A few weeks ago I shared my reflections on the missing babies from our Nativity scenes. You all remember that I often take the Baby Jesus from the manger and hide him until Christmas Day in order to help connect with the expectant waiting we should have during Advent.
Knowing that I wouldn’t be able to share the meaning behind this special tradition with everyone who passed by our house and viewed our life-sized Nativity, I decided to put Jesus in his manger bed early. I thought about putting a sign up explaining why he wasnât present but didn’t think it would work and most folks would think that the baby was just missing or worse stolen. After all, significant traditions without interpretation really are not meaningful for those who haven’t previously experienced them.
I truly enjoy the holiday decorations we put up in our house and yard. Itâ’s fun to see folks slow or even stop to see what we have. In fact the other day we came home to a family that had pulled over and their children were dancing to our musical Christmas trees. Once we realized they were enjoying our display and not attempting to steal anything it was exciting to think that for a brief moment we were able to share a special moment of joy with them. I have to admit that the first thought I had as I shined my high beams on them was negative.
After that night I realized how easy it can be to become cynical and âgrinchy.â There is so much during this season that taxes us and our weak nature is easily swayed by the negativity. This leads us to part two of the question, â
Where’s the Baby? Monday, I discovered that overnight the Baby Jesus was stolen from the life sized Nativity which is the most prominent feature of our holiday lights. I was filled with disappointment and anger at this development. I even wondered why I didn’t hear the thunder and see the lightning of the person being struck down in the act. As the day progressed, anger and disappointment gave way to problem solving and figuring out where would I get another baby? Colin, upon hearing of the kidnapping, asked if I called the police, and Sheila was ready to bring frontier justice upon the perpetrator. I began to realize that I needed to reframe my perspective. This is a season that is all about forgiveness, and the feelings I was experiencing were only having a negative effect on me and my attitude.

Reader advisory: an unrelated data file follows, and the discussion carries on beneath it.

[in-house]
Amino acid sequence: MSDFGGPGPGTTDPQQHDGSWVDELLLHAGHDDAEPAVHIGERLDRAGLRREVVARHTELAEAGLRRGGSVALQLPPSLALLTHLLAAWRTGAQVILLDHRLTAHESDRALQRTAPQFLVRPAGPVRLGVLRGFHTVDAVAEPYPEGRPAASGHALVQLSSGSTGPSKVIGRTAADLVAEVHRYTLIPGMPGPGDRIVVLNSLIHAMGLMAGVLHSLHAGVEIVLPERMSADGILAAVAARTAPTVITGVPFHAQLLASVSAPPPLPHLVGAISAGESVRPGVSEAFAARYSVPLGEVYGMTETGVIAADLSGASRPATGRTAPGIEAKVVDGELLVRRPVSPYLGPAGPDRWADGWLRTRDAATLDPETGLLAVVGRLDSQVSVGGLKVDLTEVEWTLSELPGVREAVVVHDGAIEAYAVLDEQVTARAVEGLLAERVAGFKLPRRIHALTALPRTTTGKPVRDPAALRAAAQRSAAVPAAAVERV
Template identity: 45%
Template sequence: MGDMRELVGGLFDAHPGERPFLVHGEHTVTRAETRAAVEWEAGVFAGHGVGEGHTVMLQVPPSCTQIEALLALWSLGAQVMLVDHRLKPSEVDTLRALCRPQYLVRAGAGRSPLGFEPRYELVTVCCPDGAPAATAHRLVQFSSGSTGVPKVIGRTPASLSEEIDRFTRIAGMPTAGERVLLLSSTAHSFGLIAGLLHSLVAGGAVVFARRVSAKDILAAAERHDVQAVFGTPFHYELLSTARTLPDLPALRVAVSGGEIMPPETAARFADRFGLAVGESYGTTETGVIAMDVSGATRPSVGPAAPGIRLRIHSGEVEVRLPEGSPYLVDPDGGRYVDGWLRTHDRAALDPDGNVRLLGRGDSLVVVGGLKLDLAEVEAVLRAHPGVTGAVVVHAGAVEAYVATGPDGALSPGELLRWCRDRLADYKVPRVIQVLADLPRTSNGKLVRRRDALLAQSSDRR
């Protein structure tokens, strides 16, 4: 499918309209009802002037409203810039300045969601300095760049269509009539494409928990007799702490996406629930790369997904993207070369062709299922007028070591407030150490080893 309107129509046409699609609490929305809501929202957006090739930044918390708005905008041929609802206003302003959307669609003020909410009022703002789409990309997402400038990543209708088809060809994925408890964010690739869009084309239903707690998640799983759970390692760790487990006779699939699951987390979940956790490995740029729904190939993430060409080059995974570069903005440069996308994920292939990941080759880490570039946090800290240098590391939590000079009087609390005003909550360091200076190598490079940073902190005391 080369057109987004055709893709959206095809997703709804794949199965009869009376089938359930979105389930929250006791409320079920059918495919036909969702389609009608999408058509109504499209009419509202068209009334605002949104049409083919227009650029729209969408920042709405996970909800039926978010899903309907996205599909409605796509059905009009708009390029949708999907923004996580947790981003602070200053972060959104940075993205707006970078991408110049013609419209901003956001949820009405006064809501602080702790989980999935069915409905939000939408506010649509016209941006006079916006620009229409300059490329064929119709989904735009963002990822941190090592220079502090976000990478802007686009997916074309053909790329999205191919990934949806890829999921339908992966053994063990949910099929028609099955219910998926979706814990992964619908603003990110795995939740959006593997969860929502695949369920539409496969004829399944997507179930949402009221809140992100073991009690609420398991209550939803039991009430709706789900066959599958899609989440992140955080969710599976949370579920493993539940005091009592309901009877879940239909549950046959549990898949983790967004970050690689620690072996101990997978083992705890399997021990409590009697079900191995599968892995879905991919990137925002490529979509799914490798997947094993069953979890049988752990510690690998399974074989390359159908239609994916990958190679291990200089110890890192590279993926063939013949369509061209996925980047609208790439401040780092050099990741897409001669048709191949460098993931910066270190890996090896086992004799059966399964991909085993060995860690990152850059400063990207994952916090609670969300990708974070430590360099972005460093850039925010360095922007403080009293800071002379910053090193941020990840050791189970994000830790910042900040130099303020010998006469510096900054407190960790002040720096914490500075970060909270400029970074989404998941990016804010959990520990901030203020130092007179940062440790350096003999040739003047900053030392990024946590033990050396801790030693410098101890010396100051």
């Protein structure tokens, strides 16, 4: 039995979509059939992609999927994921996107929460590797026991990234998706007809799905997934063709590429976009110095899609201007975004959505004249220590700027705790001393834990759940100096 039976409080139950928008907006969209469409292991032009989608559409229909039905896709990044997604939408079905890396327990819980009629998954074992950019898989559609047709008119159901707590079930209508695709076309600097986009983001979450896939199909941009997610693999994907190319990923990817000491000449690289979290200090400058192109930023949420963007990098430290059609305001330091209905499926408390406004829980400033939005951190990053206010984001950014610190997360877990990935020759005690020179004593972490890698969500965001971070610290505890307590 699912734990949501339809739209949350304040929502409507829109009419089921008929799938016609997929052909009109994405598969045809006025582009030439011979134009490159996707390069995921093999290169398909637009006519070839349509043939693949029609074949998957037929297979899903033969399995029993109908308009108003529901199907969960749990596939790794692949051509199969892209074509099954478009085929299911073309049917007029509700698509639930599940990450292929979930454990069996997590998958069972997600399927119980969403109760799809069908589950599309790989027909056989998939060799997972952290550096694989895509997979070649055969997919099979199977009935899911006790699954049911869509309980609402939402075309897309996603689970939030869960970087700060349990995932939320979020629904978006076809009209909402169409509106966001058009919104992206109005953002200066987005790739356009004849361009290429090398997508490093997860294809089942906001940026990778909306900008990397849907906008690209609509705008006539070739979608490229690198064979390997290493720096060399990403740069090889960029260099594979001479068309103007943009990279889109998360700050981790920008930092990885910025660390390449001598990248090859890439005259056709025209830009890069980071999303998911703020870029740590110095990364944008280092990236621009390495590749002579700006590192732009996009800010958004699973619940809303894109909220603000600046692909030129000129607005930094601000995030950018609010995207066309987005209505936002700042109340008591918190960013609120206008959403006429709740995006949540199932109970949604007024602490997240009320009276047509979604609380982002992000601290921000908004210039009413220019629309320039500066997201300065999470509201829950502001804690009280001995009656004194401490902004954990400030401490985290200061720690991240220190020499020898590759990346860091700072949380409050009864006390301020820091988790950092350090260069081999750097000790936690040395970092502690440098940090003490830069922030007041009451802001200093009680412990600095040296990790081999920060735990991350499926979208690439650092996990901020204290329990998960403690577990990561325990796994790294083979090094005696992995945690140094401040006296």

I never thought that a rubber baby would be a cause for Spiritual awakening, but it was. Here is an opportunity for me to practice the very nature of God’s love in my life. Letting go of anger and finding a way to forgive the unknown offender. This is truly a hard spiritual practice. It goes against our sense of justice. We need a pound of flesh or at least the baby back. To forgive without reparation is what God is doing in Christ. God gives a gift of grace-filled love in the Christ child. While they may have stolen the baby from the manger, they haven’t stolen Christ from my life. Perhaps I have found a new answer to the question of, Where’s the Baby? The Christ child is in my heart and actions as I seek to follow the way.
May this season of Advent and Christmas be filled with moments of personal forgiveness in your life. Moments where the gift that you receive in Christ is shared with the world around you. Take time to reconcile and forgive. Let go of those things that estrange you from others and take hold of the very Spirit of the Christ child which is love and forgiveness.